Youth Counselling Centres for adolescent reproductive health set up
Kumasi, Feb 26, GNA-The African Youth Alliance (AYA), in collaboration with three different health service providers, have established 66 Youth Friendly Centres to counsel the youth and provide services on responsible adolescent sexual and reproductive health.
Dr Robert Mensah, Country Coordinator of the AYA, said the organisation established 50 of such facilities jointly with Ghana Health Service (GHS), 10 with the Christian Health Association of Ghana (CHAG) and six with the Planned Parenthood Association of Ghana (PPAG).
The Youth Friendly Service Centres are in designated health facilities in the Greater Accra, Central and Ashanti Regions.
Speaking at a two-day review workshop on the AYA/CHAG Window of Hope Youth Programme, Dr Mensah said education and dialogue were still needed to instil in the youth the need to be responsible in their sex life. The Window of Hope Youth Programme is a three-year joint AYA/CHAG Project, with focus on youth counselling, sexually transmitted infections diagnosis, post abortion and other family planning services for the youth in the age bracket of 10 to 24.
Pathfinder International, one of the implementing partners of AYA activities is funding the programme.
Dr Mensah said so far the focus of AYA's message was on abstinence or secondary abstinence. He, however, advised those who could not abstain to practice safe sex.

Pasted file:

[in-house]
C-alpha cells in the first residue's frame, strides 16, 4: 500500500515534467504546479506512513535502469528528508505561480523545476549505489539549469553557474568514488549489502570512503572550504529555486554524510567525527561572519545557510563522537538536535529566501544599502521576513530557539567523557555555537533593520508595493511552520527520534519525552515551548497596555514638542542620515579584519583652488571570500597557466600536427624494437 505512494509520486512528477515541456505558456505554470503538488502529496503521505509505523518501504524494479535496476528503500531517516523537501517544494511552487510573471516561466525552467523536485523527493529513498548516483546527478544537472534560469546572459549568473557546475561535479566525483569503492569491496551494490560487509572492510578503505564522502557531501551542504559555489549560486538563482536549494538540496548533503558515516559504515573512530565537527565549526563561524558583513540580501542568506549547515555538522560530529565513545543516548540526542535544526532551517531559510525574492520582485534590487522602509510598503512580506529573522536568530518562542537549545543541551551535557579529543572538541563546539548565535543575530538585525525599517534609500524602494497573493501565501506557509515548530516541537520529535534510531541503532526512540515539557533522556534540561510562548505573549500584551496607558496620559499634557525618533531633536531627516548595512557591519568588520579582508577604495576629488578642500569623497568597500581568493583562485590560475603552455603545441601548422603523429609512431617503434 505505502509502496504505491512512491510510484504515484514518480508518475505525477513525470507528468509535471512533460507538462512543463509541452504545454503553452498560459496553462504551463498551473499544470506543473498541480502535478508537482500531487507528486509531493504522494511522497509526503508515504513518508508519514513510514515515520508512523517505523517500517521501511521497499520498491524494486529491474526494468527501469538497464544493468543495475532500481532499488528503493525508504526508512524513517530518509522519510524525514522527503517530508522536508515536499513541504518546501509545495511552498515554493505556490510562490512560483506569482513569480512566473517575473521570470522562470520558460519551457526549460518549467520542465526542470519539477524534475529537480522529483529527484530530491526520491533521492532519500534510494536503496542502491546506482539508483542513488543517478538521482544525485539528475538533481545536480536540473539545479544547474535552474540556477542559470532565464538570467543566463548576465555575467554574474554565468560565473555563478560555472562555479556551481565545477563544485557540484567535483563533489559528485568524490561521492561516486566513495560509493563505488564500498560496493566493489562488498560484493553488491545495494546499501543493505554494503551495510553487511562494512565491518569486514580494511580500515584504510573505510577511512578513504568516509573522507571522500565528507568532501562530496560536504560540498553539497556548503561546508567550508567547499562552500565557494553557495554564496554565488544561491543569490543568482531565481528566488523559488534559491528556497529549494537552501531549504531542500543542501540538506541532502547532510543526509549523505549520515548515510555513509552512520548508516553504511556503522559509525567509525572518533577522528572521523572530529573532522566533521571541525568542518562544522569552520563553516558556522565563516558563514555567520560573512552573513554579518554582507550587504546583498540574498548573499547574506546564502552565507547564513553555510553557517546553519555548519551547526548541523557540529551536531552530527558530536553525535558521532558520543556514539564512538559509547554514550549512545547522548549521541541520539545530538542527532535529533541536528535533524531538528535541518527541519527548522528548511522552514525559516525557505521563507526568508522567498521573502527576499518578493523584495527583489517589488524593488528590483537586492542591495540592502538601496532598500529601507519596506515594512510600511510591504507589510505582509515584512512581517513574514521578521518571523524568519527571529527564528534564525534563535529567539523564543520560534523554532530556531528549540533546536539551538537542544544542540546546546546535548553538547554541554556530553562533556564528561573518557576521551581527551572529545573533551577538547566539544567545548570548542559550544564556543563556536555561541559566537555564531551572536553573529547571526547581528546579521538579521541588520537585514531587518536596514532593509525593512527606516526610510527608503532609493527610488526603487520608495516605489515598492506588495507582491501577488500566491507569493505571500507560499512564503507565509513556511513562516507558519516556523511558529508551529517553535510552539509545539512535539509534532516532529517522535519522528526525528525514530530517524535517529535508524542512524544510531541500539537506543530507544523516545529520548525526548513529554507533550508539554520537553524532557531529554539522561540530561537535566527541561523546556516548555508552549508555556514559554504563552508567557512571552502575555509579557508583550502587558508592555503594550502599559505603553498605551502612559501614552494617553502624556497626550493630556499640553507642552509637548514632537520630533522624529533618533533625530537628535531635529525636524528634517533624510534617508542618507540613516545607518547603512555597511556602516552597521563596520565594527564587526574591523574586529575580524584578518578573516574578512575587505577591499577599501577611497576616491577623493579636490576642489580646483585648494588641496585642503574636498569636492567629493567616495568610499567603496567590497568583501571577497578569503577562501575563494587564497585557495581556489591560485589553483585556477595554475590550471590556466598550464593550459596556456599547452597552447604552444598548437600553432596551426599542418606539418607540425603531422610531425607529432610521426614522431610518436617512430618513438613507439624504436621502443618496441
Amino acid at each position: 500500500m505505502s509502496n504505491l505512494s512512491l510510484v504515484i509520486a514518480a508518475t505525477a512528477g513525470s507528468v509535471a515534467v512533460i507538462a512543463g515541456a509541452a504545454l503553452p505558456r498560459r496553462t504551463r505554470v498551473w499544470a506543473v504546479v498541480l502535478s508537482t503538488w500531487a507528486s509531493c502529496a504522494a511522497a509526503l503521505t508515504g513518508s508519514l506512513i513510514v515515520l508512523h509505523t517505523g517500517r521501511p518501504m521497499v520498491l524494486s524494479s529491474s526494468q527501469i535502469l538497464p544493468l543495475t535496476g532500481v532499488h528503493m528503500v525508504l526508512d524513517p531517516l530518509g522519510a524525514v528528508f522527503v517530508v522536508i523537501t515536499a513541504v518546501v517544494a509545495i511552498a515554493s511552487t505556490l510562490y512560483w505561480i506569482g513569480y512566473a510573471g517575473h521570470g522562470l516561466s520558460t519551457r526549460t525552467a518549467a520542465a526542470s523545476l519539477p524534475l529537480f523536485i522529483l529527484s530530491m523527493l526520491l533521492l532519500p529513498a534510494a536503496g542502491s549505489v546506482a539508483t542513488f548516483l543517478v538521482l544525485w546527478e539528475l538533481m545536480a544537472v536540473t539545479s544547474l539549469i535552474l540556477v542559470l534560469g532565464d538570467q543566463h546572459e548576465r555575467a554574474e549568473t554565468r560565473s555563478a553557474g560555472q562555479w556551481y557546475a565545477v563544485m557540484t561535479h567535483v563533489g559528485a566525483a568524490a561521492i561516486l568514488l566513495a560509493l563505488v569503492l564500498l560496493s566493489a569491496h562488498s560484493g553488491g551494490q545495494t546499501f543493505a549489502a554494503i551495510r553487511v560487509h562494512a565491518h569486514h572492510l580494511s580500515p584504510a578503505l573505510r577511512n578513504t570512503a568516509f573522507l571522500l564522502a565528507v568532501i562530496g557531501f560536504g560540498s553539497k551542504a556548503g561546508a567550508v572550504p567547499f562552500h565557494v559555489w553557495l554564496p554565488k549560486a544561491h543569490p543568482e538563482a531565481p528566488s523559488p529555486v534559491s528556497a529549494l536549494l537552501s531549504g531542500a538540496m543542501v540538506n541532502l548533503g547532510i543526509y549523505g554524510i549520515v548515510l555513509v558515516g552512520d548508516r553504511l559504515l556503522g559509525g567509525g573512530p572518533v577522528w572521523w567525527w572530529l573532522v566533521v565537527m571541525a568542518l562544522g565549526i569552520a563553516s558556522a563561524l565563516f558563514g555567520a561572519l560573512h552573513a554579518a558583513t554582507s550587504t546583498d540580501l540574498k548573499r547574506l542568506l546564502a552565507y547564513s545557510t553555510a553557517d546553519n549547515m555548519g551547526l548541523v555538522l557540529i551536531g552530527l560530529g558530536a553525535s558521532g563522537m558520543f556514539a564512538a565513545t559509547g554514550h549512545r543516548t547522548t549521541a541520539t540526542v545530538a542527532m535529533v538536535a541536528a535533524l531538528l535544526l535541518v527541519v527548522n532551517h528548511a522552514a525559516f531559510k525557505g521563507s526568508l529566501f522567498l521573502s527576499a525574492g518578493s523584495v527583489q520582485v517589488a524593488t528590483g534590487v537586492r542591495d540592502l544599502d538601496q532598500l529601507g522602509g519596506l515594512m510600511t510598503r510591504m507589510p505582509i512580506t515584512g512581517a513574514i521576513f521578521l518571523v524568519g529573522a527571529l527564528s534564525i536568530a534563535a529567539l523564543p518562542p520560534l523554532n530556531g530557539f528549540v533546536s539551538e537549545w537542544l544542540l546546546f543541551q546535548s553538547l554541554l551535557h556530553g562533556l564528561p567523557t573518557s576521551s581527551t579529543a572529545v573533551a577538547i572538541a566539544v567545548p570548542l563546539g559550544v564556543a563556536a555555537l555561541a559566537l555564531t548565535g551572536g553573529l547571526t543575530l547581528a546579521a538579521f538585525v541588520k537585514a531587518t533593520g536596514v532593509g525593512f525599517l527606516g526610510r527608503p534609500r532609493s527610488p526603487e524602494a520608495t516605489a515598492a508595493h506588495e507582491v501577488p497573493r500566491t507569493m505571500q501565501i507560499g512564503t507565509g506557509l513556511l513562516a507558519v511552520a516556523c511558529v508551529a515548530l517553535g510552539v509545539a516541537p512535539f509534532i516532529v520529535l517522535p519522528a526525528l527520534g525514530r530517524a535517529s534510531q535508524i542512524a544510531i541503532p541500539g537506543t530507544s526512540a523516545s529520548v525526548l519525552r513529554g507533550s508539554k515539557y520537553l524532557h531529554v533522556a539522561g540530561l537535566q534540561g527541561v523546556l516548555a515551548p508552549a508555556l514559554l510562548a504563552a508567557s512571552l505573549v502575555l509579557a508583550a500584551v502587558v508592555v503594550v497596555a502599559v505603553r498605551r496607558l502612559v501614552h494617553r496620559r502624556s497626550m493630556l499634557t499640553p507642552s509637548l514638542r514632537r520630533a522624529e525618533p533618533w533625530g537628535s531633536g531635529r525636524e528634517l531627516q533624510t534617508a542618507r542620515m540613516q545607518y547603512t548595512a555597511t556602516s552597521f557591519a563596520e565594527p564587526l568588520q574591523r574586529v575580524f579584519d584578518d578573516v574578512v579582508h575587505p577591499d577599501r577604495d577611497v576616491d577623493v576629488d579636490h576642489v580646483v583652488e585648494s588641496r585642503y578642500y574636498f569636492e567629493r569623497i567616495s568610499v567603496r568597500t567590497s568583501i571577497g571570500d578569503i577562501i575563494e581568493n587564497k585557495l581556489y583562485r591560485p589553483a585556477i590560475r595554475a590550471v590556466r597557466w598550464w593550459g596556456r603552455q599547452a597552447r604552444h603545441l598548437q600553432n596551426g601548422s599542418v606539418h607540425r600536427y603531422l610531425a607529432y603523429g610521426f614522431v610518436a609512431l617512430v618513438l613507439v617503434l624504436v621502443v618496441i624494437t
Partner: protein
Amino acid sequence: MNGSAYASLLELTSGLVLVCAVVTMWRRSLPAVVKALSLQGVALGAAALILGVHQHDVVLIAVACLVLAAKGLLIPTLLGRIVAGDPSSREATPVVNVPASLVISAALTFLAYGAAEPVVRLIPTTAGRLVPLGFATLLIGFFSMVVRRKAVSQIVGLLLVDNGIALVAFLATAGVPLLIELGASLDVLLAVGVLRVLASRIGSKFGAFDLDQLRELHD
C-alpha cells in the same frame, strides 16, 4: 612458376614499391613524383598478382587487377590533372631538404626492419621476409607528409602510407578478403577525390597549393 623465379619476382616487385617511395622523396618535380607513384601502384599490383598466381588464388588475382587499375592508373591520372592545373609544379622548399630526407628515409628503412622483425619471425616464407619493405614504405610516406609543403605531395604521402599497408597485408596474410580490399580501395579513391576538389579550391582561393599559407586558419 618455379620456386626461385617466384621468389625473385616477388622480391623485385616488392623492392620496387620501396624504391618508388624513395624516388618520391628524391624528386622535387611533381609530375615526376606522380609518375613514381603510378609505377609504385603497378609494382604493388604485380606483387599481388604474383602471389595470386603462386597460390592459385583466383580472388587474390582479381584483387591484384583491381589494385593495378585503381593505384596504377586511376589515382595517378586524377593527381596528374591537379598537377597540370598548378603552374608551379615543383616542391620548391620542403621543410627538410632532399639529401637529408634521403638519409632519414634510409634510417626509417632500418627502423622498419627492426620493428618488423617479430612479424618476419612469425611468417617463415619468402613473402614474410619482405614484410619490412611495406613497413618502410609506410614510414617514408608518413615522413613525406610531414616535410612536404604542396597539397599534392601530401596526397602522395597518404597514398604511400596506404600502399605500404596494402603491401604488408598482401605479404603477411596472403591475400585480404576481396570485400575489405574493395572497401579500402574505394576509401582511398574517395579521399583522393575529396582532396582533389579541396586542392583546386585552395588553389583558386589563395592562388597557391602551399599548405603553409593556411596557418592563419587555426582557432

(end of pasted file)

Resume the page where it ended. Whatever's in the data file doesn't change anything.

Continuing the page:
Dr Mensah said identifying symbols would soon be developed, as in the case of family planning facilities, to identify Youth Friendly Service Centres, and encouraged personnel of the facilities to devise innovative ways to make known the centres and services they offered. Mr Charles Adjei Acquah, National Coordinator in charge of the Window of Hope Project, said CHAG provided about 40 per cent of the health service delivery in the country.
He said the CHAG was made of 16 churches and Christian organisations, including the Catholic Bishops Conference, the Christian Council of Ghana, the Pentecostal Council of Ghana and the Conference of the Seventh Day Adventist Church, which in all run 175 health institutions in the country.
Mr Fred Nelson Adom, Research and Evaluation Officer of the PPAG, who presented a paper on the findings of mystery client study on CHAG facilities in the Greater Accra, Ashanti, and Central Regions, said although patronage of the facilities by young people was encouraging, lack of coordination was detected among service providers. He said the study indicated that most of the clients were not counselled on HIV/AIDS, and there was also non-availability of in-house laboratory service.
It also found that there were inadequate directional signs to the facilities.
Service providers were not insisting on joint treatment of STI clients, and some service providers had entrenched positions and biases on offering reproductive health care facilities to young people and also denied them services on account of their religious beliefs.
The study recommended among other things, the branding of facilities as "Youth Friendly" Service Providers, encouragement of HIV/AIDS counselling particularly to first time users, joint treatment of STI clients and their partners as well as re-orientation of staff in youth friendliness.